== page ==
This is insane: In 2007, the Citgo refinery in Corpus Christi was found liable of endangering the lives of some 800 residents when it left two gigantic oil tanks uncovered, exposing people to cancer-causing air pollutants like benzene. After Citgo was convicted of both civil and criminal violations of the Clean Air Act — the first such criminal conviction for a major oil company — the U.S. Justice Department recommended that the company pay the maximum $2 billion in fines, including $30 million for relocation, medical expenses, and restitution for the victims. This February, seven years after the conviction, a federal judge slapped Citgo with a puny $2 million fine instead, including $45,000 for birds killed due to toxic exposure.
As for restitution for the people, here’s what the judge awarded them last week: $0. This, despite the fact that Corpus Christi residents were classified as crime victims, eligible for financial renewal under the Crime Victims Rights Act — the first such designation for victims of air pollution. Citgo reaped at least a $1 billion from the deadly storage tanks, but its victims will see none of that, thanks to this week’s ruling from U.S. District Judge John D. Rainey.
The Daily Beast’s Jedidiah Purdy sums it up well:
The Citgo case is a classic environmental injustice. The victims, as mentioned, are mainly poor and minority. But it’s even worse than that. When environmental harms violate the legal rights of powerless people, like the right to clean air, the legal system responds lamely compared to the protection it gives patent holders, elite investors—or companies like Citgo when, for instance, environmental protesters trespass on their property. The rights that should protect poor people downwind of a refinery get treated as lightweight compared to the right to operate, invest in, and profit from the refinery.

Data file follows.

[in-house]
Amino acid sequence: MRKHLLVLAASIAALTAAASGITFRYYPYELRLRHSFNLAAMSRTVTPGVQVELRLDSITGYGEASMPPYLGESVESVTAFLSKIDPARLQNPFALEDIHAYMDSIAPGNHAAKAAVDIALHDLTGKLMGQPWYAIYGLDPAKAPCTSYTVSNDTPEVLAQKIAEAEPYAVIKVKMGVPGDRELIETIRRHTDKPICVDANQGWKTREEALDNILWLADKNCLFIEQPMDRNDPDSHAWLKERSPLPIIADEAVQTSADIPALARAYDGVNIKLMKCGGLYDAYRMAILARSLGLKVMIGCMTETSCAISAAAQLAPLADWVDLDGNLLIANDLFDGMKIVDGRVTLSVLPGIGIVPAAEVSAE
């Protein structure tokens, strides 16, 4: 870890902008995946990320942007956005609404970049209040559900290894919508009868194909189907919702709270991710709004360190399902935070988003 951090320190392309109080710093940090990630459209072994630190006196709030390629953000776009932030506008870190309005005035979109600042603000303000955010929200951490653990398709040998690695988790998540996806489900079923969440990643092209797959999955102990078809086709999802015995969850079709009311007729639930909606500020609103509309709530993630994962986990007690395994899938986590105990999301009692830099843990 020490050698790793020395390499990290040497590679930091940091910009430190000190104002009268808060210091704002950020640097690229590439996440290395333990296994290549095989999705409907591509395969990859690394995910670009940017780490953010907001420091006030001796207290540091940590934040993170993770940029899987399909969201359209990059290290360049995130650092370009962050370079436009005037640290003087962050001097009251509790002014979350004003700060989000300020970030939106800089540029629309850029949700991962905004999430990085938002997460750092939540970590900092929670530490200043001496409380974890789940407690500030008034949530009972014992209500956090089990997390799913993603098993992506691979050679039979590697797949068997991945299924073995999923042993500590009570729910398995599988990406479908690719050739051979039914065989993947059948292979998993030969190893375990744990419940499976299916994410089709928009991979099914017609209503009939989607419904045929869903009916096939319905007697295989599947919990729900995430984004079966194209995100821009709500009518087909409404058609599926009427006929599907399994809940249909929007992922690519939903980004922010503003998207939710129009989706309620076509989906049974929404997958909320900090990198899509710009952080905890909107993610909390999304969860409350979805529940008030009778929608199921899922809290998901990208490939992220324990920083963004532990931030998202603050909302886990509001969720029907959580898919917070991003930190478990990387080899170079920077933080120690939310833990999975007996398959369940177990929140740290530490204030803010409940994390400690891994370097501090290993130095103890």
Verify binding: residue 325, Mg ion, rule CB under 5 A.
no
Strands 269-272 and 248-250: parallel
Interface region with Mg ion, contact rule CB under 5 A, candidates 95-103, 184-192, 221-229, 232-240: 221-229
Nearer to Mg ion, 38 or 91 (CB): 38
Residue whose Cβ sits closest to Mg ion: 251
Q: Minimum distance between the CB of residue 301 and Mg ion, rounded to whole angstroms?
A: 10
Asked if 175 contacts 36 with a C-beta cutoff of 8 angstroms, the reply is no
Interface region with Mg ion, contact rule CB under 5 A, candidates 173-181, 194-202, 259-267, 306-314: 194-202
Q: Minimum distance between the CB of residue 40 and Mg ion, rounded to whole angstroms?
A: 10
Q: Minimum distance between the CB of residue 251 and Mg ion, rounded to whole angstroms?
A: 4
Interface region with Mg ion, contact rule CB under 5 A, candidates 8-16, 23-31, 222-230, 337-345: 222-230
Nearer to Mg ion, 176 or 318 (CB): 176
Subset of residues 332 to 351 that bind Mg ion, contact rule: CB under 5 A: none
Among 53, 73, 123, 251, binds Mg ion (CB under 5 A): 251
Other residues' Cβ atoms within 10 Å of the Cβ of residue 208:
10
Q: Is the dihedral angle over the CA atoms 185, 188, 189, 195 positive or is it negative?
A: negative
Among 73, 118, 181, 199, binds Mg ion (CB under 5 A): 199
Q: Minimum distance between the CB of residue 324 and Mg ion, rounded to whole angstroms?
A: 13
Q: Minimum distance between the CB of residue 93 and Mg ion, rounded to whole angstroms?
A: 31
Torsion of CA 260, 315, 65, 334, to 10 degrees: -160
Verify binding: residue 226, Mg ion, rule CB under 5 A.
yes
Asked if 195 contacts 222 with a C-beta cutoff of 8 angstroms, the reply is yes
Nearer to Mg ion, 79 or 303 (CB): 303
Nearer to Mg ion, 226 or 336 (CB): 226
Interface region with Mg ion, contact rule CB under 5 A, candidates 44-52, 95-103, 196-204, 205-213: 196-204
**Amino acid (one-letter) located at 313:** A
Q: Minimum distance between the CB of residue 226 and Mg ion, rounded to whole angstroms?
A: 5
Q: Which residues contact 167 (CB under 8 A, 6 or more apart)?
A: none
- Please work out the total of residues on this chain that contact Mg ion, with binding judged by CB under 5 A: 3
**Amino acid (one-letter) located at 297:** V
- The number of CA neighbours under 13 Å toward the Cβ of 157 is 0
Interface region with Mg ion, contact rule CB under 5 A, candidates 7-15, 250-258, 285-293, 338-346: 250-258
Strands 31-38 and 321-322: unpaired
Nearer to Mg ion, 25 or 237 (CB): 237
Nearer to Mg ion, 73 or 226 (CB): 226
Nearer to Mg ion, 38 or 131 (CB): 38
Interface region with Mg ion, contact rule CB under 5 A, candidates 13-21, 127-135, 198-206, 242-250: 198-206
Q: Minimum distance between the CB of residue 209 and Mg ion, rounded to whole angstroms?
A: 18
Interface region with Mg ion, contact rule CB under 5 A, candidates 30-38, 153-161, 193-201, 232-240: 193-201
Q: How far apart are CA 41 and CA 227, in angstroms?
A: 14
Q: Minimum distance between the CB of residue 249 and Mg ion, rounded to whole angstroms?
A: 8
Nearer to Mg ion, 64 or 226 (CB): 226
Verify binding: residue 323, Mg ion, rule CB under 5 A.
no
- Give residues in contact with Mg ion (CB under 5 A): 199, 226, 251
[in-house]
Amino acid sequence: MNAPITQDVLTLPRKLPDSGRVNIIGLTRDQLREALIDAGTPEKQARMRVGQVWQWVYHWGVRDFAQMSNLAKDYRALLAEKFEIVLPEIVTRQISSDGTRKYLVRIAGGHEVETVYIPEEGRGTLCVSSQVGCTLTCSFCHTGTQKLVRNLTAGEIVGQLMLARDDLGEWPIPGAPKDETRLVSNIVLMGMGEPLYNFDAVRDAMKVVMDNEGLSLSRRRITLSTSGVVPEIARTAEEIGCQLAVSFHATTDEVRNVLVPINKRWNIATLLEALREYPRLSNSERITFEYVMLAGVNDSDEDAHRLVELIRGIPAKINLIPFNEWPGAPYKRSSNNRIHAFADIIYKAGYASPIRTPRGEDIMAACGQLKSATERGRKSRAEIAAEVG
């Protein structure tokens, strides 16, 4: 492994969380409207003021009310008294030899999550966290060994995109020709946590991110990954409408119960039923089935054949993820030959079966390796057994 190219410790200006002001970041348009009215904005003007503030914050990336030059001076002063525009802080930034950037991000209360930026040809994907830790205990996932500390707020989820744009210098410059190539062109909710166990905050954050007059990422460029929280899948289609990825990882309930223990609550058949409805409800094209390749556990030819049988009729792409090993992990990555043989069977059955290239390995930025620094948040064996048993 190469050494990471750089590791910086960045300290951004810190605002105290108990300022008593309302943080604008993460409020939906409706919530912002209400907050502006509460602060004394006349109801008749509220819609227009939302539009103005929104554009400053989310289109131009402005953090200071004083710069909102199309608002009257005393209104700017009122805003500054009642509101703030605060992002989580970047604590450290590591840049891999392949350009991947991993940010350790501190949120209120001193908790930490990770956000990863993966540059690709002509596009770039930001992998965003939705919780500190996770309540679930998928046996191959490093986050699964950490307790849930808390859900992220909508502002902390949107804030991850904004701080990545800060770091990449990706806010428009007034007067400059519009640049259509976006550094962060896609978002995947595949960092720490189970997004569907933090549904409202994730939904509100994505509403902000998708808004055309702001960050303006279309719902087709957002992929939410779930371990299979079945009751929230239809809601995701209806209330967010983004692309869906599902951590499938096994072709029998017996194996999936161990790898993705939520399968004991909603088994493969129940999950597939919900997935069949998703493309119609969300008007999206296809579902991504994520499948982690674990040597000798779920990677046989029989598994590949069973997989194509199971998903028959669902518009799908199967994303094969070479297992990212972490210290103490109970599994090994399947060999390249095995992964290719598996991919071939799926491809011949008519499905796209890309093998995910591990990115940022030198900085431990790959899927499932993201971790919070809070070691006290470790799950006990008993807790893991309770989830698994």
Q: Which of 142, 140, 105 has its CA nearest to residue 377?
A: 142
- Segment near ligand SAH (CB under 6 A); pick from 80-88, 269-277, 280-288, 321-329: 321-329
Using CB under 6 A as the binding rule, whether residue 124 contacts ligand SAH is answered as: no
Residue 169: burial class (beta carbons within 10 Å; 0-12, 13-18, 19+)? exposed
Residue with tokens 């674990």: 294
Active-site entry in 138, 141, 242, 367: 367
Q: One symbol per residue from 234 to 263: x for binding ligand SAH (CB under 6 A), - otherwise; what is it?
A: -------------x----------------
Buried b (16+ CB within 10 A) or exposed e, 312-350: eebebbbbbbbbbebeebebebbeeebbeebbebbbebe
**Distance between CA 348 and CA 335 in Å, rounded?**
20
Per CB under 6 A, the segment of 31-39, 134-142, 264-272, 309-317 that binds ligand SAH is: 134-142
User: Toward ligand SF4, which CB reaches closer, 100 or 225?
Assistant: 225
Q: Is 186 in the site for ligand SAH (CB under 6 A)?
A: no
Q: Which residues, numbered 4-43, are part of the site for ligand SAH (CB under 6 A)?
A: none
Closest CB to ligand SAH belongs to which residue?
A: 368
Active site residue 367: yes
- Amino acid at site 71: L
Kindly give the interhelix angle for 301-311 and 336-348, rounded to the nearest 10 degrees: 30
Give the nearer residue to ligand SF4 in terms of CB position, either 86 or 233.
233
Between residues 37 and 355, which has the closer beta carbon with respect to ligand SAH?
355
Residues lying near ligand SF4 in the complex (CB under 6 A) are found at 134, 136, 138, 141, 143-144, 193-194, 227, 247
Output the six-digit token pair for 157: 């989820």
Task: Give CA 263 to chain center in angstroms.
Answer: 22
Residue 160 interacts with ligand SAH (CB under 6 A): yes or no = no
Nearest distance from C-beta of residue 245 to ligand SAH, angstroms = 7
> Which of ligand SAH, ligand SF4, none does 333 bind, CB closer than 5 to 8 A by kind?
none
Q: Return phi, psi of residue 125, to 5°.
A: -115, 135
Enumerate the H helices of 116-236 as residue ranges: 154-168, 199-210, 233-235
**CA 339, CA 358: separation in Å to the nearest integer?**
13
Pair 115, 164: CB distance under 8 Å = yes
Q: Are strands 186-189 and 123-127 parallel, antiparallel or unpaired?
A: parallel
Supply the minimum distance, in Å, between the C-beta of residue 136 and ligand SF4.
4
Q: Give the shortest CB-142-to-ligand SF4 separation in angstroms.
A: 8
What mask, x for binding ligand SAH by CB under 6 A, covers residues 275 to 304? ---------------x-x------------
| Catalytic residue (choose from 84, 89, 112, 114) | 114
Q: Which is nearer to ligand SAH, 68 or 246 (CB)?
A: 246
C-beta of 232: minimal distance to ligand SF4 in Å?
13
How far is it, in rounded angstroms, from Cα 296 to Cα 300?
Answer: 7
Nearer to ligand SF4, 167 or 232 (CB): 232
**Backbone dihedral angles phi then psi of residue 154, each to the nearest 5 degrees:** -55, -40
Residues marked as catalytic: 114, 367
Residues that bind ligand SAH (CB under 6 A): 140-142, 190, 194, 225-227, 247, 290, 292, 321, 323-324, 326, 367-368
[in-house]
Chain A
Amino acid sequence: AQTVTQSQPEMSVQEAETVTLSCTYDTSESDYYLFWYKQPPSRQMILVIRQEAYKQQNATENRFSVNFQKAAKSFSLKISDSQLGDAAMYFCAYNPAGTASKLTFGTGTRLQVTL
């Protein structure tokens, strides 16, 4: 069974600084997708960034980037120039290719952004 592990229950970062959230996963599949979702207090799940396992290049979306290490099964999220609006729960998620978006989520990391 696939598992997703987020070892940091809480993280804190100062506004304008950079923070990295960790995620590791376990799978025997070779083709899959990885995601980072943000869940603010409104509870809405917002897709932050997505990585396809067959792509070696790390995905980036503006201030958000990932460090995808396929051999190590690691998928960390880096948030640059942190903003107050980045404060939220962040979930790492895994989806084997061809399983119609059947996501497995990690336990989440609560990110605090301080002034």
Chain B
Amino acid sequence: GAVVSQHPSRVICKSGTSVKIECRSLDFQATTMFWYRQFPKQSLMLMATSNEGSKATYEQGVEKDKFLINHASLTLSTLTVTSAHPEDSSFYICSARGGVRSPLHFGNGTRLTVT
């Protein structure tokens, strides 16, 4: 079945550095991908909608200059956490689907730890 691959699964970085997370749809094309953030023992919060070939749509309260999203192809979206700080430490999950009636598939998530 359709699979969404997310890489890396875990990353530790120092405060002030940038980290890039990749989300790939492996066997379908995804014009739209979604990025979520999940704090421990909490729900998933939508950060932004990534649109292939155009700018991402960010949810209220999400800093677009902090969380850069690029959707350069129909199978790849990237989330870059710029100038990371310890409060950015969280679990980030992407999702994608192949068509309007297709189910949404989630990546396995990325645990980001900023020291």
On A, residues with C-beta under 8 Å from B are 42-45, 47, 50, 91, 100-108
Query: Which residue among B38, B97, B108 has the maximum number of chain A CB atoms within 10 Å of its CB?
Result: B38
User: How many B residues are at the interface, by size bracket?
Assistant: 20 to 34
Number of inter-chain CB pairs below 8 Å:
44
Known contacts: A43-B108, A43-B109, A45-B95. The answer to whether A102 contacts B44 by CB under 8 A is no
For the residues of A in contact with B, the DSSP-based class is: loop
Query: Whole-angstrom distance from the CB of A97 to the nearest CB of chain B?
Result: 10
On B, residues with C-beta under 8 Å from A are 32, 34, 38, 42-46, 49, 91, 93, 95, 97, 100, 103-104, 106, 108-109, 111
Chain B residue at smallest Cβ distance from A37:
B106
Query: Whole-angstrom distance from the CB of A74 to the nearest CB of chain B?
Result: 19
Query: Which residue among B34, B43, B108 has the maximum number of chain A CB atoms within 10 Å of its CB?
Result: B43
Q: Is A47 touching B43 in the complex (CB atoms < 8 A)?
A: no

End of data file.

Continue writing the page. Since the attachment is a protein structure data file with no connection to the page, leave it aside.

This environmental injustice is what I’ve been writing about over the past week at Grist. There are millions more people around America who live with the same health risks from facilities handling hazardous elements like benzene and worse. Those risks are unbalanced to the disadvantage of people of color and low income. When Purdy says the Corpus Christi victims are “mainly poor and minority,” this is exactly what he means:
Here is a map of where the Citgo refinery is located, and the houses situated within five miles of it, and a whole bunch of other chemical tanks:
Using EPA’s EJView mapping online application, we can view the racial, ethnic, and economic demographics of the area around the Citgo facility. The people are mostly Latino, many of whom speak English as their second language; and 40 percent of households bring home less than $25,000 a year. Check the breakdown:
Now consider the cluster of other nearby polluters that these residents have to contend with. This map (from the YourMapper online app) is based off of 2006 EPA data, and shows the facilities with toxic pollution emissions within 25 miles of the Citgo refinery in question:
This map shows facilities that release toxic chemicals, as tracked under the Clean Air Act, within 25 miles of the Citgo refinery:
This is what we mean when we talk about cumulative risks and burdens. The residents of these neighborhoods, who are the subjects of dynamic profiles like Stephanie Elizondo Griest’s “Life on Refinery Row” and the Texas Observer’s “Kochworld,” will go on paying for pollution with their health. It will be black and Latino residents who incur the worst of it, as they have since at least the late 1980s.
The judge in the Citgo case said that trying to figure out the financial amount that each resident deserved for their suffering would be too difficult, and he was correct. He was only wrong in his conclusion. Instead of coming up with something, he gave them nothing — not even funds to pay for annual cancer screenings as the plaintiffs requested. Contrast that with BP, a company that exposed Gulf Coast residents to oil and, as a form of redress, granted residents $105 million to build and expand health clinics. That’s a rather paltry sum in the larger scheme of BP’s disaster sins, but it is more than what is being offered to these Corpus Christi residents, which is a travesty.
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